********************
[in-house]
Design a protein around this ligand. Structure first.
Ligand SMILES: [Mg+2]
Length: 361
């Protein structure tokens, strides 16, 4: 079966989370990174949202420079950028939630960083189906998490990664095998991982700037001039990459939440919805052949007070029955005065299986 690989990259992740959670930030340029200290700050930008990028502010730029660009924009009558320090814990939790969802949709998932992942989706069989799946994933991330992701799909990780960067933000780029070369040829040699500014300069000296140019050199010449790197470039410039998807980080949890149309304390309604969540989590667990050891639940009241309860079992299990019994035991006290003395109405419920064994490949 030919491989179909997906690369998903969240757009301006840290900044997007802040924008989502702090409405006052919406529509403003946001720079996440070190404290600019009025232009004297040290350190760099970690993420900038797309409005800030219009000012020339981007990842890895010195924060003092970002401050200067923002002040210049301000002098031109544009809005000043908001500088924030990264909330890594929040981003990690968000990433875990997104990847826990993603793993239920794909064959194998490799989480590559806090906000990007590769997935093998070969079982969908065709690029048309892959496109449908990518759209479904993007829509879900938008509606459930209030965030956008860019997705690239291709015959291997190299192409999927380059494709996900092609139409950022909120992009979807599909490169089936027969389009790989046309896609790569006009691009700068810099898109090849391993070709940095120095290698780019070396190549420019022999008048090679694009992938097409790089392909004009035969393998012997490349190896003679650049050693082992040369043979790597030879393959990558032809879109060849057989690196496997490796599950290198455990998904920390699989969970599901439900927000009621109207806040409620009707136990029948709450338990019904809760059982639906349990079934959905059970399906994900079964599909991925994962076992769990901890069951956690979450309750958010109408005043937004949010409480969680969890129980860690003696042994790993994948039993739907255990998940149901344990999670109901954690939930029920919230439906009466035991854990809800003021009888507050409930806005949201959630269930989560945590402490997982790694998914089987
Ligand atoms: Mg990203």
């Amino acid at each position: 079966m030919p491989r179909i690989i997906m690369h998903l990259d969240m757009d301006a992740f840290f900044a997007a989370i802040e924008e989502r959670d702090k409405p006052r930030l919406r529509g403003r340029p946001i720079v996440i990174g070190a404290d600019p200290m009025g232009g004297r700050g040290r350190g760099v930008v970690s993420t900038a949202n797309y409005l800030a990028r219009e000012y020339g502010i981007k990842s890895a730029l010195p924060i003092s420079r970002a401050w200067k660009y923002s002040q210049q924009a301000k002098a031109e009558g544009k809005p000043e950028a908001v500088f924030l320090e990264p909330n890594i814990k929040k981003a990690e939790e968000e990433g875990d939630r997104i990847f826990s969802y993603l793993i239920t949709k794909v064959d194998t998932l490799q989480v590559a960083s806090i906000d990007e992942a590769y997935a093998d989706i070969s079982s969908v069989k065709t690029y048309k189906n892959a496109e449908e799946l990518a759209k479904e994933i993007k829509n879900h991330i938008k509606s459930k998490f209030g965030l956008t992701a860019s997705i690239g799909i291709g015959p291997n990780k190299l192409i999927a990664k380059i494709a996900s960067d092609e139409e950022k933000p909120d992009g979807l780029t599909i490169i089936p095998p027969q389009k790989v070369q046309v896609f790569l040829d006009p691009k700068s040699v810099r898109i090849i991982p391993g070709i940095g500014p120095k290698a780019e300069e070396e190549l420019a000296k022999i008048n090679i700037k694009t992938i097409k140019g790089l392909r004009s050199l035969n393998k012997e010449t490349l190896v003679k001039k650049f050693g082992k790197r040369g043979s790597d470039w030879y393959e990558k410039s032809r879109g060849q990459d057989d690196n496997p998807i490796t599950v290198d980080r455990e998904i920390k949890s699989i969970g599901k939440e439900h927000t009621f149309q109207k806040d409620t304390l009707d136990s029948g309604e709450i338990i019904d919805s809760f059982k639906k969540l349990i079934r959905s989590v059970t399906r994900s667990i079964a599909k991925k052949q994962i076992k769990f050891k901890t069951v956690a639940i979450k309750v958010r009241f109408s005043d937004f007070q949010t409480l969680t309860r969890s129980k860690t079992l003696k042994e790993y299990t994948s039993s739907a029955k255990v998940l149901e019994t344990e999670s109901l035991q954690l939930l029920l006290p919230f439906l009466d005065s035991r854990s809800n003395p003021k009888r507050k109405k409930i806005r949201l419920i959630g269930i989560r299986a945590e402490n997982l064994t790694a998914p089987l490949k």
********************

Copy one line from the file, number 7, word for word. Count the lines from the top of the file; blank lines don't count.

């Amino acid at each position: 079966m030919p491989r179909i690989i997906m690369h998903l990259d969240m757009d301006a992740f840290f900044a997007a989370i802040e924008e989502r959670d702090k409405p006052r930030l919406r529509g403003r340029p946001i720079v996440i990174g070190a404290d600019p200290m009025g232009g004297r700050g040290r350190g760099v930008v970690s993420t900038a949202n797309y409005l800030a990028r219009e000012y020339g502010i981007k990842s890895a730029l010195p924060i003092s420079r970002a401050w200067k660009y923002s002040q210049q924009a301000k002098a031109e009558g544009k809005p000043e950028a908001v500088f924030l320090e990264p909330n890594i814990k929040k981003a990690e939790e968000e990433g875990d939630r997104i990847f826990s969802y993603l793993i239920t949709k794909v064959d194998t998932l490799q989480v590559a960083s806090i906000d990007e992942a590769y997935a093998d989706i070969s079982s969908v069989k065709t690029y048309k189906n892959a496109e449908e799946l990518a759209k479904e994933i993007k829509n879900h991330i938008k509606s459930k998490f209030g965030l956008t992701a860019s997705i690239g799909i291709g015959p291997n990780k190299l192409i999927a990664k380059i494709a996900s960067d092609e139409e950022k933000p909120d992009g979807l780029t599909i490169i089936p095998p027969q389009k790989v070369q046309v896609f790569l040829d006009p691009k700068s040699v810099r898109i090849i991982p391993g070709i940095g500014p120095k290698a780019e300069e070396e190549l420019a000296k022999i008048n090679i700037k694009t992938i097409k140019g790089l392909r004009s050199l035969n393998k012997e010449t490349l190896v003679k001039k650049f050693g082992k790197r040369g043979s790597d470039w030879y393959e990558k410039s032809r879109g060849q990459d057989d690196n496997p998807i490796t599950v290198d980080r455990e998904i920390k949890s699989i969970g599901k939440e439900h927000t009621f149309q109207k806040d409620t304390l009707d136990s029948g309604e709450i338990i019904d919805s809760f059982k639906k969540l349990i079934r959905s989590v059970t399906r994900s667990i079964a599909k991925k052949q994962i076992k769990f050891k901890t069951v956690a639940i979450k309750v958010r009241f109408s005043d937004f007070q949010t409480l969680t309860r969890s129980k860690t079992l003696k042994e790993y299990t994948s039993s739907a029955k255990v998940l149901e019994t344990e999670s109901l035991q954690l939930l029920l006290p919230f439906l009466d005065s035991r854990s809800n003395p003021k009888r507050k109405k409930i806005r949201l419920i959630g269930i989560r299986a945590e402490n997982l064994t790694a998914p089987l490949k």